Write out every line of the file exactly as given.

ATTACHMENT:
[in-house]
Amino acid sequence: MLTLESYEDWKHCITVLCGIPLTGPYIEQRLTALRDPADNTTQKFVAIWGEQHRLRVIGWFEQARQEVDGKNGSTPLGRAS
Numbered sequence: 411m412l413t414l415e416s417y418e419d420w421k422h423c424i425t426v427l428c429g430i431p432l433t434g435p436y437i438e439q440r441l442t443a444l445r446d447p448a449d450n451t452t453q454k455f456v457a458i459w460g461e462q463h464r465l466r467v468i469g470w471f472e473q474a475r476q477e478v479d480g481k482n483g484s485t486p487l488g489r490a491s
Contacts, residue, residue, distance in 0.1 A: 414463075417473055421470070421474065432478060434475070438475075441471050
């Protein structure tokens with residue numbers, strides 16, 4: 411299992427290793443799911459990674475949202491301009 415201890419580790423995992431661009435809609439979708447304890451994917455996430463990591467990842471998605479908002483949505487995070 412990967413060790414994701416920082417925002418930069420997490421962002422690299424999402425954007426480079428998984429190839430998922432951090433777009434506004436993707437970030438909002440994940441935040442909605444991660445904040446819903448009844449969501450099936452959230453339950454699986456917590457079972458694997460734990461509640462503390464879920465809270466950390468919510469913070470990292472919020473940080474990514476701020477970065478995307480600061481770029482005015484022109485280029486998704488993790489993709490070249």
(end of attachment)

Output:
[in-house]
Amino acid sequence: MLTLESYEDWKHCITVLCGIPLTGPYIEQRLTALRDPADNTTQKFVAIWGEQHRLRVIGWFEQARQEVDGKNGSTPLGRAS
Numbered sequence: 411m412l413t414l415e416s417y418e419d420w421k422h423c424i425t426v427l428c429g430i431p432l433t434g435p436y437i438e439q440r441l442t443a444l445r446d447p448a449d450n451t452t453q454k455f456v457a458i459w460g461e462q463h464r465l466r467v468i469g470w471f472e473q474a475r476q477e478v479d480g481k482n483g484s485t486p487l488g489r490a491s
Contacts, residue, residue, distance in 0.1 A: 414463075417473055421470070421474065432478060434475070438475075441471050
């Protein structure tokens with residue numbers, strides 16, 4: 411299992427290793443799911459990674475949202491301009 415201890419580790423995992431661009435809609439979708447304890451994917455996430463990591467990842471998605479908002483949505487995070 412990967413060790414994701416920082417925002418930069420997490421962002422690299424999402425954007426480079428998984429190839430998922432951090433777009434506004436993707437970030438909002440994940441935040442909605444991660445904040446819903448009844449969501450099936452959230453339950454699986456917590457079972458694997460734990461509640462503390464879920465809270466950390468919510469913070470990292472919020473940080474990514476701020477970065478995307480600061481770029482005015484022109485280029486998704488993790489993709490070249």